Title

Examining the Impact of Mental Health, Substance Use, and Co-Occurring Disorders on Juvenile Court Outcomes

Published In

Journal of Research in Crime and Delinquency

Document Type

Citation

Publication Date

3-11-2022

Abstract

Objectives: This study isolates the effects of mental health, substance use, and co-occurring disorders on three distinct dispositional outcomes: incarceration (i.e., jail/detention), non-incarcerative residential placement (i.e., treatment facility), and community sanctions (i.e., fines/restitution or probation). Methods: Using a sample of juvenile offenders from the Pathways to Desistance study (N = 617), a series of logistic regression models were estimated to test the joint and independent effects of mental health, substance use, and co-occurring disorders on the likelihood of detention versus non-incarcerative sanctions. A series of multinomial logistic regression models were estimated to assess whether these disorders increase the likelihood of out-of-home placement (i.e., non-incarcerative residential placement and incarceration) relative to community sanctions. Results: While having any disorder was associated with out-of-home placement, youth with substance use disorders had the greatest likelihood of receiving an out-of-home placement, including detention. Youth with co-occurring disorders were more likely to receive a non-incarcerative residential placement, whereas mental health disorders did not demonstrate a significant effect on adjudication. Conclusions: Youth with mental health, substance use, and co-occurring disorders are treated differently in juvenile court. Using a composite disorder measure and/or not considering various sanction types could mask the effects of such disorders on court outcomes.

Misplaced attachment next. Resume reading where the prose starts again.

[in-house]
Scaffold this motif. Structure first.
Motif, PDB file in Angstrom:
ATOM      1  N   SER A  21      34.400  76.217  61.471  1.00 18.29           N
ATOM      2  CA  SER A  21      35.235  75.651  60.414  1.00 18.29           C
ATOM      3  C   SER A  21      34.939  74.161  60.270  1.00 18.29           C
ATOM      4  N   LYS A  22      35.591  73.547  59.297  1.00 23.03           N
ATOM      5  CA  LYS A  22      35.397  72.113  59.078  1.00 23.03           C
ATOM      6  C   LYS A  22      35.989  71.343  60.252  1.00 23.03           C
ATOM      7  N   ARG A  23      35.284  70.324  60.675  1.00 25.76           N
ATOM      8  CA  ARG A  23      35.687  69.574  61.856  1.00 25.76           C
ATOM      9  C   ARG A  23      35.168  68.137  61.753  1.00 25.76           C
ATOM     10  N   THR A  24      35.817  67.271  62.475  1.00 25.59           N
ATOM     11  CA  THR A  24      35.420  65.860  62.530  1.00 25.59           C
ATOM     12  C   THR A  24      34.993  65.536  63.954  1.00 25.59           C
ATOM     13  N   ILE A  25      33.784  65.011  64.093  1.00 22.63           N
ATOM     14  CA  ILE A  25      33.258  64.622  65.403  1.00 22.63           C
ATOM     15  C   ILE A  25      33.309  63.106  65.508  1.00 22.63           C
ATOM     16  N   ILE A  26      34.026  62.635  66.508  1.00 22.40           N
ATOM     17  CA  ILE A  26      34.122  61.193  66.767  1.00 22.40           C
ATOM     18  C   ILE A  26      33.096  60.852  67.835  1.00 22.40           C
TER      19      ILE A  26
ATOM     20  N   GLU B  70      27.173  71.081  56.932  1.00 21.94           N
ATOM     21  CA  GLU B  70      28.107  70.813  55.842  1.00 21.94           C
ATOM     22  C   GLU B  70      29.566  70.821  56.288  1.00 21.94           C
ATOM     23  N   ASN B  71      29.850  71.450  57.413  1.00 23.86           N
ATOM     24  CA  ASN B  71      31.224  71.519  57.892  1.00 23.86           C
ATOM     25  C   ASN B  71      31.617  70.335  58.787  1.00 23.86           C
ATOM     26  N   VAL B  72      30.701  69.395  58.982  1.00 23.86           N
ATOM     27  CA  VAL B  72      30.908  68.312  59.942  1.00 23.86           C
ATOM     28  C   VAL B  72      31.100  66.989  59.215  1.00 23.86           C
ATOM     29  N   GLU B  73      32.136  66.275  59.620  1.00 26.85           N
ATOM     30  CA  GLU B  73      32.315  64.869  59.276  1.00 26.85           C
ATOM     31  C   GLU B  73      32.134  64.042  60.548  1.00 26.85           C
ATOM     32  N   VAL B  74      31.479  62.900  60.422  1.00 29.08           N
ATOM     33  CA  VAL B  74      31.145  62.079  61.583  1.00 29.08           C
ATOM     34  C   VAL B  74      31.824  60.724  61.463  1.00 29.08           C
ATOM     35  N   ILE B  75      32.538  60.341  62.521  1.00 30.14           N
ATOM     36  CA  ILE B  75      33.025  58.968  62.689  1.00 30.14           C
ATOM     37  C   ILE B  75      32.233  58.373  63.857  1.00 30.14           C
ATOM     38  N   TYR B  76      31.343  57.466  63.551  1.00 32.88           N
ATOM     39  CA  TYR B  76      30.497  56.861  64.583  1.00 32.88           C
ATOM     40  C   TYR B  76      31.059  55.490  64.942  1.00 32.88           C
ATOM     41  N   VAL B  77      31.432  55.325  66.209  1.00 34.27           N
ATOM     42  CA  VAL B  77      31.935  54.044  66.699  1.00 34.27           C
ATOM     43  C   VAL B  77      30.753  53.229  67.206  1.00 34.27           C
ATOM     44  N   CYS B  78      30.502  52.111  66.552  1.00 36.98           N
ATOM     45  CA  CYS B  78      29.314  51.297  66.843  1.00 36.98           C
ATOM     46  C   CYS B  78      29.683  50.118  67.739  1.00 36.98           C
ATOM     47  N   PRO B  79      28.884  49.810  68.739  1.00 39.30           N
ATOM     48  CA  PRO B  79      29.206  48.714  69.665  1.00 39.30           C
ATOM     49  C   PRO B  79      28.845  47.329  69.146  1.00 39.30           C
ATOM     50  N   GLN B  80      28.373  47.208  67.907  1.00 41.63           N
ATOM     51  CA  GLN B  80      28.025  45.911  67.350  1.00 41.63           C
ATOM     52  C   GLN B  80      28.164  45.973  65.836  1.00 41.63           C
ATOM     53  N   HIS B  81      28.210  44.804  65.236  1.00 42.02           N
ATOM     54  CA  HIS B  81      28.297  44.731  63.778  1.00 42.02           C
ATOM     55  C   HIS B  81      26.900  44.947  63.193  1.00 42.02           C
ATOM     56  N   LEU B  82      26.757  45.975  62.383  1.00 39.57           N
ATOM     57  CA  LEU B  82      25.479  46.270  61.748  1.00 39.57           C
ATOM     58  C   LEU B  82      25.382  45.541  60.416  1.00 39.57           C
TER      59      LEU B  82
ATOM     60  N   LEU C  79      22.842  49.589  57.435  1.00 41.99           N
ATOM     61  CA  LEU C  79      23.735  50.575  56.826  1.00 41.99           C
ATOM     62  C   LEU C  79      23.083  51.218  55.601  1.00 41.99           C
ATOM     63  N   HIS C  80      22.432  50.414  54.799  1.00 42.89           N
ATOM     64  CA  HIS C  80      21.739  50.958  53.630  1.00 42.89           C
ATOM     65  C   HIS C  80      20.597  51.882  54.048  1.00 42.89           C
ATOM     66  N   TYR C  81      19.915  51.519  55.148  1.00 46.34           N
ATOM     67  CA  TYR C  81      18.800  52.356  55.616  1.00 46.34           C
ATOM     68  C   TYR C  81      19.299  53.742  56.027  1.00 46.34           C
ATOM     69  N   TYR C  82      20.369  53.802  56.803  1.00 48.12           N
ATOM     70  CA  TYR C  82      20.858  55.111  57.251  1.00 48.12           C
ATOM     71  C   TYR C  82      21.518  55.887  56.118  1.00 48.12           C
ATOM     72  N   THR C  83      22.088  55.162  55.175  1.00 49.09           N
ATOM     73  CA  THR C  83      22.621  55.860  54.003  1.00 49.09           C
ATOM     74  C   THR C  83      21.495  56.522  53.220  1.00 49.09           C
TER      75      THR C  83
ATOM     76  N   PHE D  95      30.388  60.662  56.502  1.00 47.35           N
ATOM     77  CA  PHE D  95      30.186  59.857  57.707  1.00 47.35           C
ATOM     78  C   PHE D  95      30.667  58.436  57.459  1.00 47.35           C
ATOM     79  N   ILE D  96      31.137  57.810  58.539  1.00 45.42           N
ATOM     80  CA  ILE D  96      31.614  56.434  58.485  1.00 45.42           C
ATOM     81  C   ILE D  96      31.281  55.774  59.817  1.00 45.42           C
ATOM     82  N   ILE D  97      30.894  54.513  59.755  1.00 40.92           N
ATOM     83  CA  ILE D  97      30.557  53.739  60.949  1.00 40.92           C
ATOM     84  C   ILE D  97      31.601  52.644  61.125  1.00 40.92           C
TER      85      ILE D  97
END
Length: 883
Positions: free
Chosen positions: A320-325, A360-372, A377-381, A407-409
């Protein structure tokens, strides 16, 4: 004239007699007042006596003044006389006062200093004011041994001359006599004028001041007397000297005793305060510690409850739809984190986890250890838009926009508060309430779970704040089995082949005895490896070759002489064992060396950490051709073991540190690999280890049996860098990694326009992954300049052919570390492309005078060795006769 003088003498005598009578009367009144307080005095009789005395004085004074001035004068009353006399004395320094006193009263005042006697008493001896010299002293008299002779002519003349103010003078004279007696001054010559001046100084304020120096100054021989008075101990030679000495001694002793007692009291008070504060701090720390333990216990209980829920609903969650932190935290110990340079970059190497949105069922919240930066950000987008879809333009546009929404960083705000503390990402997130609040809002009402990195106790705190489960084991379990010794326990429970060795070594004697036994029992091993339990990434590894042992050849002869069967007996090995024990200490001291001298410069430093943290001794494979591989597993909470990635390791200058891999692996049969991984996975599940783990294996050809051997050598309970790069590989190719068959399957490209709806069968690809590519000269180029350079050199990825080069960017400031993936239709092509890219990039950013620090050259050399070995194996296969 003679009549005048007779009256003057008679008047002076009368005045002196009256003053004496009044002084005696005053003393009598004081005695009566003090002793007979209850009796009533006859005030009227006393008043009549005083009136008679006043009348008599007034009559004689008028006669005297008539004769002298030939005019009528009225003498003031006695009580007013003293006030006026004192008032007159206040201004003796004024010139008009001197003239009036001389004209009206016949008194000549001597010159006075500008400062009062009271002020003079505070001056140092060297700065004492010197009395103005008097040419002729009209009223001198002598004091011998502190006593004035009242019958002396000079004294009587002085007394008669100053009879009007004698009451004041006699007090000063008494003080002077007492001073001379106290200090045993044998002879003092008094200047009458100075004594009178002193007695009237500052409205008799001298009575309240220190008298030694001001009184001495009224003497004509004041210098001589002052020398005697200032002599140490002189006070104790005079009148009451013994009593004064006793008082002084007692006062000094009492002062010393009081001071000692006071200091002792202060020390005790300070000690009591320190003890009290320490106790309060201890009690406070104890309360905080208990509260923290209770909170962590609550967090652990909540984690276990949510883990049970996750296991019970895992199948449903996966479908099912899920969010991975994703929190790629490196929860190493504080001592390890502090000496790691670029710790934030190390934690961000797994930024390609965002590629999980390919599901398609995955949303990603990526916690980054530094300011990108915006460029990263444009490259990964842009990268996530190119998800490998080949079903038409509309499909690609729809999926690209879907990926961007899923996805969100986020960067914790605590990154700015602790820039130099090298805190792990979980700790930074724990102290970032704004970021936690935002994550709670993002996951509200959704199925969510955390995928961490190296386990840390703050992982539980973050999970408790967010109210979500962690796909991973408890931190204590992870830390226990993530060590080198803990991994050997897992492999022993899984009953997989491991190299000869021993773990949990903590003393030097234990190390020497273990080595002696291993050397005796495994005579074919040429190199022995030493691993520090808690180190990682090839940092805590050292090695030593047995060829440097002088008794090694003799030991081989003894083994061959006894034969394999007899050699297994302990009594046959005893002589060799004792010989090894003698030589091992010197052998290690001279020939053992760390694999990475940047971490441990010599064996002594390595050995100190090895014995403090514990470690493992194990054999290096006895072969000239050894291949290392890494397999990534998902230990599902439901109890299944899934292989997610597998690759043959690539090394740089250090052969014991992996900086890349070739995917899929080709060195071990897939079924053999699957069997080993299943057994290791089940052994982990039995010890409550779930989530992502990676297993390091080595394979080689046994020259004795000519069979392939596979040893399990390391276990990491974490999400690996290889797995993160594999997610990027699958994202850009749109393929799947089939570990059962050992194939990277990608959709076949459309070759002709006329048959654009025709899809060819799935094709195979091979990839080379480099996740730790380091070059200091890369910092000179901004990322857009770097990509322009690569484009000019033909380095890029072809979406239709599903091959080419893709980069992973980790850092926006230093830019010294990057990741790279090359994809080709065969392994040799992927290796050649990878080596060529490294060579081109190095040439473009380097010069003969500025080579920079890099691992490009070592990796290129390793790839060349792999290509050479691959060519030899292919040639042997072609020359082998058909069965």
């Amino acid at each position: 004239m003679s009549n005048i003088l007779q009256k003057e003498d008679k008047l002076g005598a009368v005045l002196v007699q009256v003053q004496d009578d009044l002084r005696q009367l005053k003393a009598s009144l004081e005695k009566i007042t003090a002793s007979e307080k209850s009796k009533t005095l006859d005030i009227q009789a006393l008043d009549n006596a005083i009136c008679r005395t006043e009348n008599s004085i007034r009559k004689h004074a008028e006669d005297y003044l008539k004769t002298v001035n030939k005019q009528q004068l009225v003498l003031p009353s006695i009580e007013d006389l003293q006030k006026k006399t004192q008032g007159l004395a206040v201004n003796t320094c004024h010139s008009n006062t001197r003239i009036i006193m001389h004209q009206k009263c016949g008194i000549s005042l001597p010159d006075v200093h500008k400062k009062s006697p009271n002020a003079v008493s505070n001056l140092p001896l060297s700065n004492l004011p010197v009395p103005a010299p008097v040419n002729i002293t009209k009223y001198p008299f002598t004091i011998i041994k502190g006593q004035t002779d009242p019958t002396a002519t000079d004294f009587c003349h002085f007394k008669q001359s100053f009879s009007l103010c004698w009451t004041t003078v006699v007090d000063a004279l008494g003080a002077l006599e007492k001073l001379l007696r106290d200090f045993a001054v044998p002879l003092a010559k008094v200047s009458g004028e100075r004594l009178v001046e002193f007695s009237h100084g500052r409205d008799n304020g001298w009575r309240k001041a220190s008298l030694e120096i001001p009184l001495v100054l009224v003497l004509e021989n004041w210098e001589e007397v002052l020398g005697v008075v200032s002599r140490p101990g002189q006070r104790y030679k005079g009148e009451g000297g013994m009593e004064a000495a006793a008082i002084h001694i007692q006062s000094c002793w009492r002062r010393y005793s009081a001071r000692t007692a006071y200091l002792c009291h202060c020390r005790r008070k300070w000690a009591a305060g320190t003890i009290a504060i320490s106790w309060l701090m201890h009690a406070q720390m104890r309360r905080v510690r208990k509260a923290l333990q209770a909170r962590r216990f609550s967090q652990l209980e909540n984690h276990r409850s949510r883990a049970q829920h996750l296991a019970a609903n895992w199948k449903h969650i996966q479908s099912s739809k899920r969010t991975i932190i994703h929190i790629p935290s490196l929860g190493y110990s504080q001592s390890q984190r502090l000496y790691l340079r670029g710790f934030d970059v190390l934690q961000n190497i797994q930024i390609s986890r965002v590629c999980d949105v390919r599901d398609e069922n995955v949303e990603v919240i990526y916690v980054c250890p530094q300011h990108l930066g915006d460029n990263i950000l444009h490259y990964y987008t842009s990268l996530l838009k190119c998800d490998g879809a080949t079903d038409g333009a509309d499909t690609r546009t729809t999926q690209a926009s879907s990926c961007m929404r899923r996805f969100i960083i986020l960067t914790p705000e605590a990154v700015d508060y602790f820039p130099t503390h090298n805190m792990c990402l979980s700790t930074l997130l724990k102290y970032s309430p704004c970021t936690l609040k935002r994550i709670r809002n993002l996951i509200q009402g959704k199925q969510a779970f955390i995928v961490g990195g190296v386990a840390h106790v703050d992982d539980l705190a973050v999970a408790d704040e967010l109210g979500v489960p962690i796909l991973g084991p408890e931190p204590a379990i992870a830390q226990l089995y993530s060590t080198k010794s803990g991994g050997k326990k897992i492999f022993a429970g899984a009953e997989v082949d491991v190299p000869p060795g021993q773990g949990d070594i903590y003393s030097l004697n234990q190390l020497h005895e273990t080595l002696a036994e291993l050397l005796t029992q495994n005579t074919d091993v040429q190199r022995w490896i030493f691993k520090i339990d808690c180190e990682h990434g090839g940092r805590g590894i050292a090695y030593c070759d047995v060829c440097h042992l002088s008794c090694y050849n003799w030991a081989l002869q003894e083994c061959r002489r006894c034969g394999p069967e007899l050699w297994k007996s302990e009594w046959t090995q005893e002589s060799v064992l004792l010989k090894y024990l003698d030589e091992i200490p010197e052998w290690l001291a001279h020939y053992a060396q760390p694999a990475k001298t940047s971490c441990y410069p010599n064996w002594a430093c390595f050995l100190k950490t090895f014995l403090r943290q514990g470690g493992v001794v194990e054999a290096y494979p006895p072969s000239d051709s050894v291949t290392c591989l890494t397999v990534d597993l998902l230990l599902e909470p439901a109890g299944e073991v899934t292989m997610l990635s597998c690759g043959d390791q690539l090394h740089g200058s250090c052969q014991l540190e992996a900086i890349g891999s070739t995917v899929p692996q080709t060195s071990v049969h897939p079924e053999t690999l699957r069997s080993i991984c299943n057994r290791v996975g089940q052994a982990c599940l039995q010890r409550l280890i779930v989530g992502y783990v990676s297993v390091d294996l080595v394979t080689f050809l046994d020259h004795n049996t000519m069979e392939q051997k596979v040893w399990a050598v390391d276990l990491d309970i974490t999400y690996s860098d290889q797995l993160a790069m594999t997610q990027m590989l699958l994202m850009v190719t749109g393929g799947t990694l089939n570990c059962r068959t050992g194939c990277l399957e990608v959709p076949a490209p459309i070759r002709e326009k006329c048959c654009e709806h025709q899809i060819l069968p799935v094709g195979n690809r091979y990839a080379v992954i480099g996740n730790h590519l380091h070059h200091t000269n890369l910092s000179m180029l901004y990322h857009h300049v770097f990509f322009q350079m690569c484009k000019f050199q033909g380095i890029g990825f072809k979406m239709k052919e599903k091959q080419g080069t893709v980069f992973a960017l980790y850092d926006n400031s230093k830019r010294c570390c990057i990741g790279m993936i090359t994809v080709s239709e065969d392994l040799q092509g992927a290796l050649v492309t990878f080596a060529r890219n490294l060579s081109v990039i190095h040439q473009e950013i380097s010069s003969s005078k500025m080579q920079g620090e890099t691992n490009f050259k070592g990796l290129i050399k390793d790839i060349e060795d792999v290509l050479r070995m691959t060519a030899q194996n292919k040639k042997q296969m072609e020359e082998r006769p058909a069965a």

Rights

Copyright © 2022 by SAGE Publications

DOI

10.1177/00224278221084981

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